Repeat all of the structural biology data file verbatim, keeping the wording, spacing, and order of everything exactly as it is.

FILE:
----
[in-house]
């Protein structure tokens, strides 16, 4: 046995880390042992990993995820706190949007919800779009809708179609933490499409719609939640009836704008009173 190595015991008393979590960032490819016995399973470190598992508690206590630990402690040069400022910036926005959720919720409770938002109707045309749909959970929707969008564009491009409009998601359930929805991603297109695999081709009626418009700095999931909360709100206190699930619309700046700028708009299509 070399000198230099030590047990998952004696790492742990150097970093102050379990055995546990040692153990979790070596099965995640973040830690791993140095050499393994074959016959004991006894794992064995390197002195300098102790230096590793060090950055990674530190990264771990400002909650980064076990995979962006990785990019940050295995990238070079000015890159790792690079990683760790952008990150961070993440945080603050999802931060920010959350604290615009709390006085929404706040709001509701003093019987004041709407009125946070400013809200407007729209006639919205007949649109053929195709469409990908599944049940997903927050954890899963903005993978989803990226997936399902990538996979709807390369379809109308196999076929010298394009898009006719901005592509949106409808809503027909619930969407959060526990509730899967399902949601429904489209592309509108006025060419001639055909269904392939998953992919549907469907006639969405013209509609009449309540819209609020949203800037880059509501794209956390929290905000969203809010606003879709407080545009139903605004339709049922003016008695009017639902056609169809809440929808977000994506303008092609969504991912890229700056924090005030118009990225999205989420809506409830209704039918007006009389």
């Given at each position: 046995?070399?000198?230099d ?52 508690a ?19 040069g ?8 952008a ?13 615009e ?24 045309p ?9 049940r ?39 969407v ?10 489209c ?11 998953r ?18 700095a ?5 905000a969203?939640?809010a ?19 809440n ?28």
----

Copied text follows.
[in-house]
């Protein structure tokens, strides 16, 4: 046995880390042992990993995820706190949007919800779009809708179609933490499409719609939640009836704008009173 190595015991008393979590960032490819016995399973470190598992508690206590630990402690040069400022910036926005959720919720409770938002109707045309749909959970929707969008564009491009409009998601359930929805991603297109695999081709009626418009700095999931909360709100206190699930619309700046700028708009299509 070399000198230099030590047990998952004696790492742990150097970093102050379990055995546990040692153990979790070596099965995640973040830690791993140095050499393994074959016959004991006894794992064995390197002195300098102790230096590793060090950055990674530190990264771990400002909650980064076990995979962006990785990019940050295995990238070079000015890159790792690079990683760790952008990150961070993440945080603050999802931060920010959350604290615009709390006085929404706040709001509701003093019987004041709407009125946070400013809200407007729209006639919205007949649109053929195709469409990908599944049940997903927050954890899963903005993978989803990226997936399902990538996979709807390369379809109308196999076929010298394009898009006719901005592509949106409808809503027909619930969407959060526990509730899967399902949601429904489209592309509108006025060419001639055909269904392939998953992919549907469907006639969405013209509609009449309540819209609020949203800037880059509501794209956390929290905000969203809010606003879709407080545009139903605004339709049922003016008695009017639902056609169809809440929808977000994506303008092609969504991912890229700056924090005030118009990225999205989420809506409830209704039918007006009389």
């Given at each position: 046995?070399?000198?230099d ?52 508690a ?19 040069g ?8 952008a ?13 615009e ?24 045309p ?9 049940r ?39 969407v ?10 489209c ?11 998953r ?18 700095a ?5 905000a969203?939640?809010a ?19 809440n ?28």